“I had the first pick in every round in 1995,” says Kirwin, who then helped run the draft for the Jets. “We got the first pick in the fourth round, our phone didn’t stop ringing all night. Knowing that happened on a one-nighter, knowing we can do it twice, should double the action in the draft process. I could easily orchestrate something at 11 o’clock at night on Thursday night. I’m calling a West Coast team, and it’s 8 o’clock there. They’re all ears. I can get something going for the next day. And everyone says the second round is the juiciest round in this draft. I get a whole night off to figure out how to get into the second round or get higher in the second round? You’ll see action.”
Ask anyone associated with the league, and you’re likely to hear the same prediction. They may not agree on the worth of every prospect — see Tim Tebow — but they seem to agree on this.
Bills coach Chan Gailey: “To me, we are going to do a much better job now of being able to plan between the first round and second round. To me, we are going to have a lot more activity, probably the morning of the second day, with trades, and then the morning of the third day, with trades.”
Steelers executive Kevin Colbert: “You will have the bulk of a day to look at what you did in the first round, and then maybe make some adjustments.”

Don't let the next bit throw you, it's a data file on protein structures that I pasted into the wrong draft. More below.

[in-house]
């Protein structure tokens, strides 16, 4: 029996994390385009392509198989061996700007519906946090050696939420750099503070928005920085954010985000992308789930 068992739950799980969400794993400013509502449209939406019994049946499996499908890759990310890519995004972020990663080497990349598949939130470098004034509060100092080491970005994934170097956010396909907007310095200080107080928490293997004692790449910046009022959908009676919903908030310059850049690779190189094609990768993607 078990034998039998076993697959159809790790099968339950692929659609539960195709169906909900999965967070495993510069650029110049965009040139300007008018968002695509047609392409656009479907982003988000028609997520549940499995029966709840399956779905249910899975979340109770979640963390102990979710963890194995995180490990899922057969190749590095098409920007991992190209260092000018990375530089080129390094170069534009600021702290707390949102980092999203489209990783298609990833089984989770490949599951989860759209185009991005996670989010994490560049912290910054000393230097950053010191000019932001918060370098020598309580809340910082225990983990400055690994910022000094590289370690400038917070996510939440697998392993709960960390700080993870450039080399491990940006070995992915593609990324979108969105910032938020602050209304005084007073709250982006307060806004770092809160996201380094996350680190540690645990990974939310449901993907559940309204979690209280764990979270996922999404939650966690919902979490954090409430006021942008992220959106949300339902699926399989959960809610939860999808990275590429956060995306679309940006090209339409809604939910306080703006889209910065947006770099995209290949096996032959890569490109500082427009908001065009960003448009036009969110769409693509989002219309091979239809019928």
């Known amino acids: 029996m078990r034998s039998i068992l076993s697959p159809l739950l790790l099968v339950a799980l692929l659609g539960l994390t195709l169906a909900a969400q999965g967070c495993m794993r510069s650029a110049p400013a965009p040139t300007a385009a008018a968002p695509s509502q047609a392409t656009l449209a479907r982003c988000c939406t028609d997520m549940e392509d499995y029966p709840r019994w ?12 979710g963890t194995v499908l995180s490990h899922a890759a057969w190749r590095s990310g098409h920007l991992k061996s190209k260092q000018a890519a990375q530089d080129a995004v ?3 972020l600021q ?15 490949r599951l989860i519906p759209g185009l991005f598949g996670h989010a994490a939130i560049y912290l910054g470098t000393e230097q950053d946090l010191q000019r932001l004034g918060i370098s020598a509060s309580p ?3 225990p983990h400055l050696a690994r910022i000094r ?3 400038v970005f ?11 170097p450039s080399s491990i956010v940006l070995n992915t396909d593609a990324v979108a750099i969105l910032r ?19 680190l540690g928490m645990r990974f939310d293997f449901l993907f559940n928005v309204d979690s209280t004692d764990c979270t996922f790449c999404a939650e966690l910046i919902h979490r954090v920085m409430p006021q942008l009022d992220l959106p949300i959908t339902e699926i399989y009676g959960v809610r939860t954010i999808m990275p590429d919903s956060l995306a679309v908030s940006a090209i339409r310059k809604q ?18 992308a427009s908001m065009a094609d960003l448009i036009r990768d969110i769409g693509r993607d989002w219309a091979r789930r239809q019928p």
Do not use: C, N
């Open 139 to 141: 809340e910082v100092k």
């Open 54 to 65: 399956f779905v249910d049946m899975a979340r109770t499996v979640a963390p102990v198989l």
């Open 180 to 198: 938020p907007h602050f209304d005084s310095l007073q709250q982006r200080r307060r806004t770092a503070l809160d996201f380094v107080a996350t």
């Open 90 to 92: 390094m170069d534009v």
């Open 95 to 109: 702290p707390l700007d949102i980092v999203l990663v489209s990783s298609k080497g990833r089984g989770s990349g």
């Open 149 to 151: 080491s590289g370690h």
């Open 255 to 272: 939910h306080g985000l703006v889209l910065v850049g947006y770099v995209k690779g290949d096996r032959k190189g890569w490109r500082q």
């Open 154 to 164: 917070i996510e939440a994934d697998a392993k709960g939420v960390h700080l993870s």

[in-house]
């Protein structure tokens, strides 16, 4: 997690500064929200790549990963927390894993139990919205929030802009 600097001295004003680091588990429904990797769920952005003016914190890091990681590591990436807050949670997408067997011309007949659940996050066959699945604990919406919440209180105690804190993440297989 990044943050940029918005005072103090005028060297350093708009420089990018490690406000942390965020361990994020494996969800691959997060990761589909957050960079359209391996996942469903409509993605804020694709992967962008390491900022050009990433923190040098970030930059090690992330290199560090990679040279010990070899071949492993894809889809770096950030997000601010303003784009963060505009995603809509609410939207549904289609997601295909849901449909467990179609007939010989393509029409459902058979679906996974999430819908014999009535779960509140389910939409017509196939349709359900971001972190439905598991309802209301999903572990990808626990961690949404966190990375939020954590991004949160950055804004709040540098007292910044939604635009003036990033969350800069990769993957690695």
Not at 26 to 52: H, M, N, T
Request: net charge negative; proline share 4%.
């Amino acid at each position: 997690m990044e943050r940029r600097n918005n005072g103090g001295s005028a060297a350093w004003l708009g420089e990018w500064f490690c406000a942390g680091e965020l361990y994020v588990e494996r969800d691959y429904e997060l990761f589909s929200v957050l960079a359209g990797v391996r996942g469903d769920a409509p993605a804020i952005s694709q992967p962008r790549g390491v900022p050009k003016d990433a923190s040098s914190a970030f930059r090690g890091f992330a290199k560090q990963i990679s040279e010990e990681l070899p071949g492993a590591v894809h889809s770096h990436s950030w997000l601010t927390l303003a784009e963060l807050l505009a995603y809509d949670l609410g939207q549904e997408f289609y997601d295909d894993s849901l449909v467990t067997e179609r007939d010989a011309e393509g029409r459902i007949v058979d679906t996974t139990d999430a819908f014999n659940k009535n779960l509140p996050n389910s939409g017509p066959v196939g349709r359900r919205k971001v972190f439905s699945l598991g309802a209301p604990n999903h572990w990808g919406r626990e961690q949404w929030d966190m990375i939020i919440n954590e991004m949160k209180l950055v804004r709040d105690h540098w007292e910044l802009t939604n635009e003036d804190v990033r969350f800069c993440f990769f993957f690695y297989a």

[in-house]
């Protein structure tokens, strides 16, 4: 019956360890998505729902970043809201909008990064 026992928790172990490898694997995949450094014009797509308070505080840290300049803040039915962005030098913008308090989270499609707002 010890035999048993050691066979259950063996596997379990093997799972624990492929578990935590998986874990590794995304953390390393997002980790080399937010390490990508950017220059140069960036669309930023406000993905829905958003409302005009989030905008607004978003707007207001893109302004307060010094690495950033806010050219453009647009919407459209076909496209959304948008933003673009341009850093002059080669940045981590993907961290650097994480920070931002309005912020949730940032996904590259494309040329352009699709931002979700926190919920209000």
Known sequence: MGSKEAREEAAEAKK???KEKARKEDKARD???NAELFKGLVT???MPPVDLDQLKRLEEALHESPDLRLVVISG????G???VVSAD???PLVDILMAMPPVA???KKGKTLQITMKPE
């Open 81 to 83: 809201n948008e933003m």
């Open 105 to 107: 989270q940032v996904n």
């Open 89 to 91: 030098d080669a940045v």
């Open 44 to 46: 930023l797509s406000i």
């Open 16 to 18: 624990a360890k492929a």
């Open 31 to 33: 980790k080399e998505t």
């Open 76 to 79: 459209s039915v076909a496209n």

Redskins coach Mike Shanahan: “I think there will be more deals being done, because people sit back after the first day, and say, we need to move up, we need to move back.”
So more time could lead to more fun … for most.
And while Kiper considers it beneficial to teams to have “that break in the action” during the early, important rounds, he acknowledges that “overanalysis causes paralysis, that’s the old saying,” and “I guess it’s going to cause a little overanalysis now.”
“It will be good for some, it will be bad for others,” 49ers coach Mike Singletary says. “Some people operate better when the decision is now, it’s on the line. Some people are not as patient, so it might work against them. But it will work for us.”
Fox is one of those who preferred the format the way it was, since “time-wise, I don’t think it takes three days to do it.” But it’s not necessarily about what it takes, or even what the personnel decision-makers want. It’s about what the television executives and the fans desire.
“People enjoy the draft,” Shanahan says. “Even though it might be a little bit different for the people in charge, sometimes change is good. With all these families, on prime time, watching our game unfold, at least from the draft perspective, I think it’s good for the game.”
It’s good for one other group for sure, according to Singletary.
“Certainly, it gives the media a little bit more time to be critical,” Singletary says. “You guys (have) got to like that. ‘Why did they do that? That was a bad pick!’”
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